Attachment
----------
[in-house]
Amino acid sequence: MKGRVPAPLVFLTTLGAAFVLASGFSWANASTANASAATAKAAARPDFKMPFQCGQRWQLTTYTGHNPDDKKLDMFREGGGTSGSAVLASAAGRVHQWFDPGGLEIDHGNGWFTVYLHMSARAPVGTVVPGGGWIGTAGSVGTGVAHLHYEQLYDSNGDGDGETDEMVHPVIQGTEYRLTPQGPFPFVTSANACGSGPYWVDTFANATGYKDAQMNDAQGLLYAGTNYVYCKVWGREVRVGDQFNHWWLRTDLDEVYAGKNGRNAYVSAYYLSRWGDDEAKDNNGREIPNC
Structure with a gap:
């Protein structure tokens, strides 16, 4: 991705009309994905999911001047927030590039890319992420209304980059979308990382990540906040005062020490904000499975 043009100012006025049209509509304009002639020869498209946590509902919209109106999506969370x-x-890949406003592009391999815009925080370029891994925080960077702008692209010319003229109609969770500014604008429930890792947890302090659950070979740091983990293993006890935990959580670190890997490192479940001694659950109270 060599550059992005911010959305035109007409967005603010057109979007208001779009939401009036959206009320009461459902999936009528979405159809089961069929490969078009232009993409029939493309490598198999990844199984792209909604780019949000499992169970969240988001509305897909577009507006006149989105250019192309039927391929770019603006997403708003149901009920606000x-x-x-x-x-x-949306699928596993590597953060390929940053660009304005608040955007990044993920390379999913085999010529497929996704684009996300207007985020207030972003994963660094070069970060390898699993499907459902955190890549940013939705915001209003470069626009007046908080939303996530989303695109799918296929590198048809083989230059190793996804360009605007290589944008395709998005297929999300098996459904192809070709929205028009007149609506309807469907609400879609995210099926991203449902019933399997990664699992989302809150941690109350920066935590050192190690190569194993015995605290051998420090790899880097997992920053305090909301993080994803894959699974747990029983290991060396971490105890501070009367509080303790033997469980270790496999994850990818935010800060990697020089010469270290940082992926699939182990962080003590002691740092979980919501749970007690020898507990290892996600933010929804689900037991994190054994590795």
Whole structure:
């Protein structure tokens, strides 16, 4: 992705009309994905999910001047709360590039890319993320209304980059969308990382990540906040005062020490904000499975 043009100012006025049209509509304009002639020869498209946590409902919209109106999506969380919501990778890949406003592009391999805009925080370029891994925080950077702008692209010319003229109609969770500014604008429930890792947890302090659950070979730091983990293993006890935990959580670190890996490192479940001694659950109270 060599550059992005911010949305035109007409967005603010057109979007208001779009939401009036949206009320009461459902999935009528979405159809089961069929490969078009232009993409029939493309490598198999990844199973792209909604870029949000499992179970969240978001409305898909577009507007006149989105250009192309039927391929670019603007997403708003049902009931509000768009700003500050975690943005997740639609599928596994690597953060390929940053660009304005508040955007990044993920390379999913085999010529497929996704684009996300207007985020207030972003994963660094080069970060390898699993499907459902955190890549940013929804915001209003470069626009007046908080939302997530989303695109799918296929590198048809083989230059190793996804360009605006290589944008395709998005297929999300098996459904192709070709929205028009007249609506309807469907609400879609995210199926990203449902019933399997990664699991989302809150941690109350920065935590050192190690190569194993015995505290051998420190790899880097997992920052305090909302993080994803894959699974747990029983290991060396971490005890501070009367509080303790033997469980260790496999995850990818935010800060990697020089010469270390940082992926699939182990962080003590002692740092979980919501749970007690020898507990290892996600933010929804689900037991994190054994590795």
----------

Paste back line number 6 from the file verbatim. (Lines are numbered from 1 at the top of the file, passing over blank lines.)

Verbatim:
């Protein structure tokens, strides 16, 4: 992705009309994905999910001047709360590039890319993320209304980059969308990382990540906040005062020490904000499975 043009100012006025049209509509304009002639020869498209946590409902919209109106999506969380919501990778890949406003592009391999805009925080370029891994925080950077702008692209010319003229109609969770500014604008429930890792947890302090659950070979730091983990293993006890935990959580670190890996490192479940001694659950109270 060599550059992005911010949305035109007409967005603010057109979007208001779009939401009036949206009320009461459902999935009528979405159809089961069929490969078009232009993409029939493309490598198999990844199973792209909604870029949000499992179970969240978001409305898909577009507007006149989105250009192309039927391929670019603007997403708003049902009931509000768009700003500050975690943005997740639609599928596994690597953060390929940053660009304005508040955007990044993920390379999913085999010529497929996704684009996300207007985020207030972003994963660094080069970060390898699993499907459902955190890549940013929804915001209003470069626009007046908080939302997530989303695109799918296929590198048809083989230059190793996804360009605006290589944008395709998005297929999300098996459904192709070709929205028009007249609506309807469907609400879609995210199926990203449902019933399997990664699991989302809150941690109350920065935590050192190690190569194993015995505290051998420190790899880097997992920052305090909302993080994803894959699974747990029983290991060396971490005890501070009367509080303790033997469980260790496999995850990818935010800060990697020089010469270390940082992926699939182990962080003590002692740092979980919501749970007690020898507990290892996600933010929804689900037991994190054994590795």